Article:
It’s while since I posted. A lot has been happening at Cockatrice Farm, mostly not involving me.
Will and Tig and Maud, with our friend Jochen, went off to Wollombi out the back of Newcastle to pick up an old horse-drawn wagon I picked up on the internet for $300.
This was all fairly well organised, but they hit a major storm that dumped on Sydney and caused all sorts of delays and problems Including getting an ancient wagon out of thick mud in the dark. Tig wrote it up on her own blog and you can read their adventures there.
The wagon is back, and being cleaned out. Apparently it’s been sitting in a shed for over 20 years, and it looks like it. The original plan was to kit it out like the wagon in the Luttrell Psalter, an illuminated manuscript from England in the 1300s. But I’m not sure that suits this contraption, so we may kit it out as a cheerful gypsy wagon instead.
The rain flooded the paddocks. All the dams overflowed except the largest, which is not quite full. When inspecting the property after the rain, we had to ford a temporary river in our gumboots. Robin didn’t have them, so he went into a handstand and walked through the water on his hands. He can do some rather impressive acrobatics.
Our neighbours Shayne and Sam dropped by to give us a hand with marking (gelding) Tasty the Calf. The idea was that Tig and Robin would distract the mum with some oats, while Shayne and Sam grabbed the calf and slipped a ring on. Tasty squealed, and mum moved rather quickly to protect him. Things got quite tricky — again, you can read about it on Tig’s blog. Suffice it to say that we have Tasty the Bull until further notice.
Will and Jochen have been armouring furiously, with the assistance of our new local medievalists Shane and Craig. The plan is to field an Okewaite fighting unit at Rowany Festival (Easter).
My son Owen and his friend Kai were staying over Saturday night, and told me in the morning that they had felt the room shake. Sure enough, I looked it up and there had been a Level 3 earthquake centred a couple of kilometres north of us. Will said he was woken by it too, but neither Allison or I felt it. There was apparently another one a week before of Level 1.9, just west of us.
Also on Sunday, the alpaca shearer came and gave Viggo and Kruiser a trim. They have a very efficient setup and it was done quite quickly. Afterwards, the alpacas were still willing to hang around the humans, though one was muttering rude things under his breath. So we have two fleeces, which we’ll think on after Easter. And two rather skinny alpacas.
Tig has been teaching a variety of medieval crafts. One of these is lucetting, a clever medieval way of making cords, along the lines of French knitting but somewhat simpler. Allison and Maud have been making metres of lucet cord, which apparently is ideal for lacing corsets. Lots of other sewing happening too.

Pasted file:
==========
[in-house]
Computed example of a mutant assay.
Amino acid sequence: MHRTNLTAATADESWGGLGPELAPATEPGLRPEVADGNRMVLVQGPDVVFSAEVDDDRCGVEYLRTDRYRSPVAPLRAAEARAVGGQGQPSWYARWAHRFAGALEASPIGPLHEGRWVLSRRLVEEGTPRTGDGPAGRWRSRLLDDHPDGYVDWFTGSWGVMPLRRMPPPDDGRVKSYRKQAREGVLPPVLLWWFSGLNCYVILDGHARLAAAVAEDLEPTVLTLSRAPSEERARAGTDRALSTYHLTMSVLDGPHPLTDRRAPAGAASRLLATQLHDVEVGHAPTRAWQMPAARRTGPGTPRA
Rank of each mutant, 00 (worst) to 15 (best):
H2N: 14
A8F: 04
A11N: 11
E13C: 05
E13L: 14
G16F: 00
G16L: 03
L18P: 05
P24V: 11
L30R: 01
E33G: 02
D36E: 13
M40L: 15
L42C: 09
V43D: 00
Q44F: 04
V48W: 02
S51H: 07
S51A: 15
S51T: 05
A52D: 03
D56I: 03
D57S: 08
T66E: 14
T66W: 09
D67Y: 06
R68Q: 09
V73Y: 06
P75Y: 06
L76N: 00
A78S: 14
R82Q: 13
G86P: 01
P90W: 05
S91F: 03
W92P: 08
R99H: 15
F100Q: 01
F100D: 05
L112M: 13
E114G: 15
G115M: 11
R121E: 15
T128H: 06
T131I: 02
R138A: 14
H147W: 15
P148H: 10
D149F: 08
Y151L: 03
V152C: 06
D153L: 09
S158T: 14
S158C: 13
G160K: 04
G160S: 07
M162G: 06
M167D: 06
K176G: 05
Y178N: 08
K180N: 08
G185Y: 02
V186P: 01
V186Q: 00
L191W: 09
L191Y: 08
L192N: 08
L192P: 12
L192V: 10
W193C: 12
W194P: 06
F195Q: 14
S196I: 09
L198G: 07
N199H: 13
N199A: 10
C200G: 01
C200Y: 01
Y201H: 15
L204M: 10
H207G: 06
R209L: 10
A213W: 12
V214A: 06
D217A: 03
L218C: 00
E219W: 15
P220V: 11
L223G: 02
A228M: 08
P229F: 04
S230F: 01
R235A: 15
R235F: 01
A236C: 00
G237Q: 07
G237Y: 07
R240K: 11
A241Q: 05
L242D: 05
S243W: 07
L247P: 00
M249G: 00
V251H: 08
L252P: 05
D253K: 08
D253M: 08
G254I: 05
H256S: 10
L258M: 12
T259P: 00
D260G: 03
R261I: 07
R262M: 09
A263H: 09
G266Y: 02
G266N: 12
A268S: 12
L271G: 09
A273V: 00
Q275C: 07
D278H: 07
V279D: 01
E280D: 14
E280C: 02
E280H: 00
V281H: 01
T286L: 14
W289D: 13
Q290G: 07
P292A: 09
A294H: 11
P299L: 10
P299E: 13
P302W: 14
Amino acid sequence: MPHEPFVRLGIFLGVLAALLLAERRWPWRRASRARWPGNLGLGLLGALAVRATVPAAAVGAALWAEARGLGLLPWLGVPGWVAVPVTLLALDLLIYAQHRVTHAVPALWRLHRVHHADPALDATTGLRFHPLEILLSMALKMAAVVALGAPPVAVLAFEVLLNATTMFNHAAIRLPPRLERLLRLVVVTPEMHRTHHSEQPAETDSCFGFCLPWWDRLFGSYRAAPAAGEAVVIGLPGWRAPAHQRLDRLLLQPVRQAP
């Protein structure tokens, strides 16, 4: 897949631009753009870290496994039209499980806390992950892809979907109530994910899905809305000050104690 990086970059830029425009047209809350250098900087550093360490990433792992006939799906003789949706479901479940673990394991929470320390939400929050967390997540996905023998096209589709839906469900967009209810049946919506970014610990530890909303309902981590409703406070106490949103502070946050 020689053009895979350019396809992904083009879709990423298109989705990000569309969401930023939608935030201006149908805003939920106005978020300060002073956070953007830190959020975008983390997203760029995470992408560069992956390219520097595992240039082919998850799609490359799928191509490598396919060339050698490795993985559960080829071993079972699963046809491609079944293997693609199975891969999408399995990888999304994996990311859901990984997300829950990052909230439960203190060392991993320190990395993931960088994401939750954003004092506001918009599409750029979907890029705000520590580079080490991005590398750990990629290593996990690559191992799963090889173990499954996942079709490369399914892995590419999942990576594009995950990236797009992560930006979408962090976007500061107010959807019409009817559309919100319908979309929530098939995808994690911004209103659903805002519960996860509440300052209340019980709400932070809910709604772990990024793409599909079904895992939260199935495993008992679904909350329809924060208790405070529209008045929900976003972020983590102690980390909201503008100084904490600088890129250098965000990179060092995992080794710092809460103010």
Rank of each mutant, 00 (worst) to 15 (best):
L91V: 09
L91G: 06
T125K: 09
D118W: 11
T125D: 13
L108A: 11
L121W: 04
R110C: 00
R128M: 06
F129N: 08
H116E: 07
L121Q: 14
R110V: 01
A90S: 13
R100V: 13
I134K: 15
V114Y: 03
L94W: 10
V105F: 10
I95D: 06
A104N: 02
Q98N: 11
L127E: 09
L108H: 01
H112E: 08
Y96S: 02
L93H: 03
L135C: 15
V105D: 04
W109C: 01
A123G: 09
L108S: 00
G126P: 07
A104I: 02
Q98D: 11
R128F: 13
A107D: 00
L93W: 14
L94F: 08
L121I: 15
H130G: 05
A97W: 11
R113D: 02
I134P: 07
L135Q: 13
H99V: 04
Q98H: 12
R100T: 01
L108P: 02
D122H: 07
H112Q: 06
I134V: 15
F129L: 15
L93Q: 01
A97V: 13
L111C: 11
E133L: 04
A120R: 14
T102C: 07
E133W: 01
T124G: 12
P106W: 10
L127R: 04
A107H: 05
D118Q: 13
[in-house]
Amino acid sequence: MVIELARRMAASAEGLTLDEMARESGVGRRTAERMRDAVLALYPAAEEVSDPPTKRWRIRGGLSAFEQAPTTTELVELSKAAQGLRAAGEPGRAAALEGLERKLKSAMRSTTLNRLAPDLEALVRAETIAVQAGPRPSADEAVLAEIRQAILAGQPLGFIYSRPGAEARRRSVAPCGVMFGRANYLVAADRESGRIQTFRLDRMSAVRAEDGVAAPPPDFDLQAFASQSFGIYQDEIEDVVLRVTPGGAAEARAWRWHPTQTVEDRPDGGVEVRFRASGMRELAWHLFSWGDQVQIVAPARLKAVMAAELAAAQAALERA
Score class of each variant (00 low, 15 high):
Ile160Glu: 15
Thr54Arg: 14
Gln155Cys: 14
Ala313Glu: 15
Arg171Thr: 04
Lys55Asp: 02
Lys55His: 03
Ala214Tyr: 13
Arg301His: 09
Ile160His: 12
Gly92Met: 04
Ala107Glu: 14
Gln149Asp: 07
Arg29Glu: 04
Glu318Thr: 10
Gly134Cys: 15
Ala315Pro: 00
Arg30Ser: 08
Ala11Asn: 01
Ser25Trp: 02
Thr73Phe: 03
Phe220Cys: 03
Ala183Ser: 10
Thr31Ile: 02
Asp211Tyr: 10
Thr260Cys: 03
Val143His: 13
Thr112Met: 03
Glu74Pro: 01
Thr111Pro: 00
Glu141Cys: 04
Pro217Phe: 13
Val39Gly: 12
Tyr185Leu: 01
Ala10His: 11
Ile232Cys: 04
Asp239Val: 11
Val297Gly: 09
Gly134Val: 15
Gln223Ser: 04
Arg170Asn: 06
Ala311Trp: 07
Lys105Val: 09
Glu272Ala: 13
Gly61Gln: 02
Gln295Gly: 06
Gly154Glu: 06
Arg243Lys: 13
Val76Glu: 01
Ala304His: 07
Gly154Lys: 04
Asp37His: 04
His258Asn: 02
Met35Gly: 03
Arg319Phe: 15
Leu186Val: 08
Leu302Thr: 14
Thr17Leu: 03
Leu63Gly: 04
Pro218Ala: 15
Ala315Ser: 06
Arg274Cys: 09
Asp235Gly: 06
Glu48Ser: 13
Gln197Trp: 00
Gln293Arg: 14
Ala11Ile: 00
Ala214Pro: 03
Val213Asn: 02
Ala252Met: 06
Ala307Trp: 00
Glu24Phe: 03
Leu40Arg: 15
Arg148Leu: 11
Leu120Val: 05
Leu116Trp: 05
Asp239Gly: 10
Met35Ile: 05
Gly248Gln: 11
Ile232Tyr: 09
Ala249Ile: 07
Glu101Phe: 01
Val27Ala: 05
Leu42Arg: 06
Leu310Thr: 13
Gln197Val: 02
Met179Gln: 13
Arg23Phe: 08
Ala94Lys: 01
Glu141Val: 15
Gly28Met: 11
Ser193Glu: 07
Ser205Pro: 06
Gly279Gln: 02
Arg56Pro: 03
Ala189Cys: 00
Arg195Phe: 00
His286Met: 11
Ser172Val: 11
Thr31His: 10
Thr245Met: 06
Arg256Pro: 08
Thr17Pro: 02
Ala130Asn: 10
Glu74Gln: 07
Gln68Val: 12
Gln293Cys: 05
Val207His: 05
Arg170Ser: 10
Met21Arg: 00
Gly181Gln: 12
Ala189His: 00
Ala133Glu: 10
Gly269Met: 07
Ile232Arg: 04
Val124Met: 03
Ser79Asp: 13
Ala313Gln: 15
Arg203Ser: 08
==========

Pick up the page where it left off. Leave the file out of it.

At the last poultry auction, Allison bought a dozen guineafowl eggs for the incubator. At some point we had to move the silkie bantams, and found one sitting on a single egg, so we put that into the incubator too. Anyway, Mignon the chicken resulted, and had more than a week as the sole inhabitant of the brooder box. Mignon has had regular cuddles and thinks she is a person, and has now been joined by seven guineafowl keets.
We have just waved farewell to Andre, a German wwoofer who has been here for 3 months. Andre is a quiet fellow and a little too logical, like having Mr Spock from Star Trek wwoofing for you. He has been plugging away at the serrated tussocks, and there is just a tiny area left down near the highway. (Then we have to go over the rest of the property and mop up stragglers.)
Andre has been helping me with some new software for use by co-operatives. I went to the NSW Co-operatives Conference last week. The sector has been taking a battering lately, losing existing co-ops and no new ones starting. But there were a number of good news stories, and quite a bit of innovation. The experience supported my view that co-ops are due for a resurgence.
We have had Allison’s daughter Jessica with us for some weeks, and grandson Deacon, hence plenty of (delightful) grandad duties. And various friends dropping in. I’ve probably only summarised half of what’s happened in the last two weeks. Life is always an adventure at Cockatrice Farm.